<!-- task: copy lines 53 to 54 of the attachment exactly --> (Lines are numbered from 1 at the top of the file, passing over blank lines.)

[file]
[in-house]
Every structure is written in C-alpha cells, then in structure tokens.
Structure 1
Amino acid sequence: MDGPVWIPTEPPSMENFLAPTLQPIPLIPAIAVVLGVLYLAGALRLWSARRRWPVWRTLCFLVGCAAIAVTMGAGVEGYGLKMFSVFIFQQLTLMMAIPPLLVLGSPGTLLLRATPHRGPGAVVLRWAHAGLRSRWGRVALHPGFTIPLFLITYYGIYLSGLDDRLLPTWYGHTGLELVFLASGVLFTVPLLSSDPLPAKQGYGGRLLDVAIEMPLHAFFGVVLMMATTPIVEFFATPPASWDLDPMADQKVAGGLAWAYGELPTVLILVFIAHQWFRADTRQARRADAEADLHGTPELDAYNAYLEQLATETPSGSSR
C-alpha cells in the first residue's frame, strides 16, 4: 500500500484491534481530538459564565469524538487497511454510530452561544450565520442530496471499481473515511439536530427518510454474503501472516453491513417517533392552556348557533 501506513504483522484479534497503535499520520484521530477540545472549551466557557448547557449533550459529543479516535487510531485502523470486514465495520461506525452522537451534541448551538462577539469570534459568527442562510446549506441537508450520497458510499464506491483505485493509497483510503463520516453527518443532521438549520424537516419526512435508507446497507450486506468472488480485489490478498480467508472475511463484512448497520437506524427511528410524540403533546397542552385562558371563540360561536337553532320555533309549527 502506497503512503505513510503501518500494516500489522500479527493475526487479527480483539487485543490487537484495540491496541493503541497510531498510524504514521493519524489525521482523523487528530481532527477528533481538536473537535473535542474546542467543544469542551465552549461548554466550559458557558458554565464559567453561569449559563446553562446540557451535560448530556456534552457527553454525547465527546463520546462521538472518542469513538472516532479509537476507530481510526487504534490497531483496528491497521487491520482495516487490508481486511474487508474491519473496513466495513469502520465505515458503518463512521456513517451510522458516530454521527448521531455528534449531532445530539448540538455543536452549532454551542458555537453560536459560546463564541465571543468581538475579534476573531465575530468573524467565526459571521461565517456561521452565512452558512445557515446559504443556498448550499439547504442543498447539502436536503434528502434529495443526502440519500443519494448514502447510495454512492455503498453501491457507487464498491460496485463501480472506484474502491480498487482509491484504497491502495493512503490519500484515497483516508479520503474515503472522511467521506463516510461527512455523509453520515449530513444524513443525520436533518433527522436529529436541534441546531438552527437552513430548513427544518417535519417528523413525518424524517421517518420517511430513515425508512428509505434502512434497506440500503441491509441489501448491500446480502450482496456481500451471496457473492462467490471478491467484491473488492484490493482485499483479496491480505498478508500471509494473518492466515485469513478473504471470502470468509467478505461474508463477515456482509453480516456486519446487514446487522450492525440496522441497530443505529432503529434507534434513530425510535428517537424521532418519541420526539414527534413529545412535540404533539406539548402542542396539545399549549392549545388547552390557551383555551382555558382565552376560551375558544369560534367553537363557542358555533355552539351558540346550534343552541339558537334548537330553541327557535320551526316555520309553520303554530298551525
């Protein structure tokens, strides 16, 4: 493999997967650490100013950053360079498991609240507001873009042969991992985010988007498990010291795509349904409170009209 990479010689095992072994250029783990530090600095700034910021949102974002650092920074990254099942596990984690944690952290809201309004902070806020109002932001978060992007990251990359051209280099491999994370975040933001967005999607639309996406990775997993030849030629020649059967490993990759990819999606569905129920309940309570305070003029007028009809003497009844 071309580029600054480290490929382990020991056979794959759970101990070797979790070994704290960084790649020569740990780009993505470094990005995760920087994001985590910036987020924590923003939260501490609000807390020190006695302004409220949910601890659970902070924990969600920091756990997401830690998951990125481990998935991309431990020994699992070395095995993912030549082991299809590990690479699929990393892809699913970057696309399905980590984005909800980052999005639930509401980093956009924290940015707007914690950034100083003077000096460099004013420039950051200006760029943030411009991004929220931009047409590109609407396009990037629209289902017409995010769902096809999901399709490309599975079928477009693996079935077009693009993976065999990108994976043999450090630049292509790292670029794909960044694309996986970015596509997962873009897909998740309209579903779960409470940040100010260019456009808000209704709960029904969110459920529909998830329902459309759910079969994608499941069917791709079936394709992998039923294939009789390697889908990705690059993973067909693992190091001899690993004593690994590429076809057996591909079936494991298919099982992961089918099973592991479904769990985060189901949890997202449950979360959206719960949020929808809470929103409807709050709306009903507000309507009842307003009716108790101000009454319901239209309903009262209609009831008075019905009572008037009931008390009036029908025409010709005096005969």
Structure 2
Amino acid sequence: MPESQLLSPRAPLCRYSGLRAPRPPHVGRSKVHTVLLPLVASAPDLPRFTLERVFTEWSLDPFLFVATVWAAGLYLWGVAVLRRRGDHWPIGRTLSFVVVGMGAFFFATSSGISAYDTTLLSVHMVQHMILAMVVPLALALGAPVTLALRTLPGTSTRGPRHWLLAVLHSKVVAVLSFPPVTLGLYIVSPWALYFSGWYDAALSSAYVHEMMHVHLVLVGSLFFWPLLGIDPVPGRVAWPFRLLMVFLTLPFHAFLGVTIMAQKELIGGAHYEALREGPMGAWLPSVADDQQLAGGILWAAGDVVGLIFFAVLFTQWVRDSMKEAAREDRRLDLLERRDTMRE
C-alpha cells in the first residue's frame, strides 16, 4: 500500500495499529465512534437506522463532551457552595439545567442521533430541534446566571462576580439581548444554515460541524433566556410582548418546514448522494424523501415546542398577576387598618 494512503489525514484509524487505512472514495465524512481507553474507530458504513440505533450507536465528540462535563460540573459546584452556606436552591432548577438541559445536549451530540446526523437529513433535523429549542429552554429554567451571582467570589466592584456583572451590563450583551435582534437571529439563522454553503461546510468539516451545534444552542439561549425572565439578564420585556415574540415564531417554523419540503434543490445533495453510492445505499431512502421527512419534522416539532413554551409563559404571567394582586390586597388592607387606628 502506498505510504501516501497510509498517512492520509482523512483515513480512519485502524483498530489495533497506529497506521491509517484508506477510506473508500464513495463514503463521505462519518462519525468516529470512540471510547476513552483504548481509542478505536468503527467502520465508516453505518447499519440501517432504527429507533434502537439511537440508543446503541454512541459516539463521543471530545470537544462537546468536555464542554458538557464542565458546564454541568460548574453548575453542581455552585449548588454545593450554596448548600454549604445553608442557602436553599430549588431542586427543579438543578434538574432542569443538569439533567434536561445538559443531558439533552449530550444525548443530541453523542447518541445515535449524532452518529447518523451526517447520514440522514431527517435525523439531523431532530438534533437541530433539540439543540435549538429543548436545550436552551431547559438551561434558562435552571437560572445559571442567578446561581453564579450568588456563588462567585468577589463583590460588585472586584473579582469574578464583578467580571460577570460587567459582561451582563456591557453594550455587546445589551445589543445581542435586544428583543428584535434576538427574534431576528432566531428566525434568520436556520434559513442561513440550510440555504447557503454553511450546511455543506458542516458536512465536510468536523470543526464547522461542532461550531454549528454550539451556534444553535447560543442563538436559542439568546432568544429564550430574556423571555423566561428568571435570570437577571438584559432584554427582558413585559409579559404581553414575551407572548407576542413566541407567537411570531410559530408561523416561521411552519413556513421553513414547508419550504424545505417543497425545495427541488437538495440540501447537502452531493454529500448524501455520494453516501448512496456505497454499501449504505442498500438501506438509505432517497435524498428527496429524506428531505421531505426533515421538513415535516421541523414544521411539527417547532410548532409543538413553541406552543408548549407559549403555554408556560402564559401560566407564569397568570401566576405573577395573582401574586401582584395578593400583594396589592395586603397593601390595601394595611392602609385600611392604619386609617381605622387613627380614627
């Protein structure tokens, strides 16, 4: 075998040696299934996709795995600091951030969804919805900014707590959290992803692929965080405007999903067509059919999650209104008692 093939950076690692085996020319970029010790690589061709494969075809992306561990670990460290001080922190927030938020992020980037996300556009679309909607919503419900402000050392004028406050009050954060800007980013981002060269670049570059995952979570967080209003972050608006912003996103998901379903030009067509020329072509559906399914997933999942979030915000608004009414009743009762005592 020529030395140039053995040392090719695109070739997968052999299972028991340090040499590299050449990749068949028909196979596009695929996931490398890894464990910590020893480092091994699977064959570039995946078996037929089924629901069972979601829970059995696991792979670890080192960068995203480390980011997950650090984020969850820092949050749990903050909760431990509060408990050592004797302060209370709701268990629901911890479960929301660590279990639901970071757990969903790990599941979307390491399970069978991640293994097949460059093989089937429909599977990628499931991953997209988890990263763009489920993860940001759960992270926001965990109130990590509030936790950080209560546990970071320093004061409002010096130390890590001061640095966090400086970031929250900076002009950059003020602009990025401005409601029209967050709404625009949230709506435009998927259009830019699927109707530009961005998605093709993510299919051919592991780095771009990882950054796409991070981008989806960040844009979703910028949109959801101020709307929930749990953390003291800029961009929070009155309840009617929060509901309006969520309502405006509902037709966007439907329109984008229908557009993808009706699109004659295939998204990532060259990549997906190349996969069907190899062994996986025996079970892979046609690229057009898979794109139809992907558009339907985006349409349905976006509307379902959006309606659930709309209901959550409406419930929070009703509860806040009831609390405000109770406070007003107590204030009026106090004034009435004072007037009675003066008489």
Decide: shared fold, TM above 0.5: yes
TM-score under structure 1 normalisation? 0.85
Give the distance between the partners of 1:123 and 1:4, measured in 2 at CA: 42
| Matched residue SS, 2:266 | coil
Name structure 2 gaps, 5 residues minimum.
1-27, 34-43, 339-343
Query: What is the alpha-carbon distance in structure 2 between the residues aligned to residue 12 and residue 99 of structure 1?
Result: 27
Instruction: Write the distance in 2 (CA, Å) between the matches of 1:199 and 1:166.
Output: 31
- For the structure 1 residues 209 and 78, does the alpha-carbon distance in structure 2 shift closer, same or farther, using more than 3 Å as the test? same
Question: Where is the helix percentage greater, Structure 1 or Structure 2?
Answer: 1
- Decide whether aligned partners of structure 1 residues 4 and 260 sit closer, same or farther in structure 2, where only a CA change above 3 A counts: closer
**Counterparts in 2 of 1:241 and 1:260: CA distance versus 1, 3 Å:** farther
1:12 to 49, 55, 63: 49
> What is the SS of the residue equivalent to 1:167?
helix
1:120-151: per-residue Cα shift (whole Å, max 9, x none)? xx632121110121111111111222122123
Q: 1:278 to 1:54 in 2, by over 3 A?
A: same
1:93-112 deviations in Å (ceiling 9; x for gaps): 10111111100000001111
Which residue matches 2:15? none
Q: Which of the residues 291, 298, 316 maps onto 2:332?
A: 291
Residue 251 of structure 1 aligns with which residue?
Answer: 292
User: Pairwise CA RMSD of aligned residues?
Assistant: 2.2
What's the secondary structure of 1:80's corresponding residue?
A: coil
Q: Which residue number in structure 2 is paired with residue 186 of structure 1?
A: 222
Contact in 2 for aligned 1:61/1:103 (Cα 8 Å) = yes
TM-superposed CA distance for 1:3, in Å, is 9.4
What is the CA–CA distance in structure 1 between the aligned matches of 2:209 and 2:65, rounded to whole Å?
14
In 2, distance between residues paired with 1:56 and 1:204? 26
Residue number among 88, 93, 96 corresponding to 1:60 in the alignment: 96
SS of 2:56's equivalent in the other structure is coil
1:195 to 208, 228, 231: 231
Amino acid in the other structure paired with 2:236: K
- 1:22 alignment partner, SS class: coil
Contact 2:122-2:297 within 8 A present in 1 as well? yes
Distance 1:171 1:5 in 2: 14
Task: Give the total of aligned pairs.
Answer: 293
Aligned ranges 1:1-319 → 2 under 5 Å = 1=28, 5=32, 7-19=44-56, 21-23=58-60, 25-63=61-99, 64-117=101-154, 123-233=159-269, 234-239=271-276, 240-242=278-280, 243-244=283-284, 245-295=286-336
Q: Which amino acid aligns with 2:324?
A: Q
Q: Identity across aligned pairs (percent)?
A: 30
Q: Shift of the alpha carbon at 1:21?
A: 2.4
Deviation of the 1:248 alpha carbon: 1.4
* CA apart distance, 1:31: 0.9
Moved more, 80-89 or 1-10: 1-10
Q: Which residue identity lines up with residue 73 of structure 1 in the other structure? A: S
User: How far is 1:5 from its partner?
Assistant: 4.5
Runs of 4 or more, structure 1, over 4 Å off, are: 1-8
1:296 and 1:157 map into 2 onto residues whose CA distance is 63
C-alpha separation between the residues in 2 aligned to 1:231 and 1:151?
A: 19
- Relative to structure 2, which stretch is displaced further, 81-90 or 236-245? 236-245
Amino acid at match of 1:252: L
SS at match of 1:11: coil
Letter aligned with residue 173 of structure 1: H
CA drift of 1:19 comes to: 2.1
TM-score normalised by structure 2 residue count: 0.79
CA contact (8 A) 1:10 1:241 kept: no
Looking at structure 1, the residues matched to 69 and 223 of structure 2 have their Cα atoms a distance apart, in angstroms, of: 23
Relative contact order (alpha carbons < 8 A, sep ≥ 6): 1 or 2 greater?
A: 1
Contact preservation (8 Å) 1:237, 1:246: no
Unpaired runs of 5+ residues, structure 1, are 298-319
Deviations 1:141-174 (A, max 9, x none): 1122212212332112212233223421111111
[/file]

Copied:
- 1:22 alignment partner, SS class: coil
Contact 2:122-2:297 within 8 A present in 1 as well? yes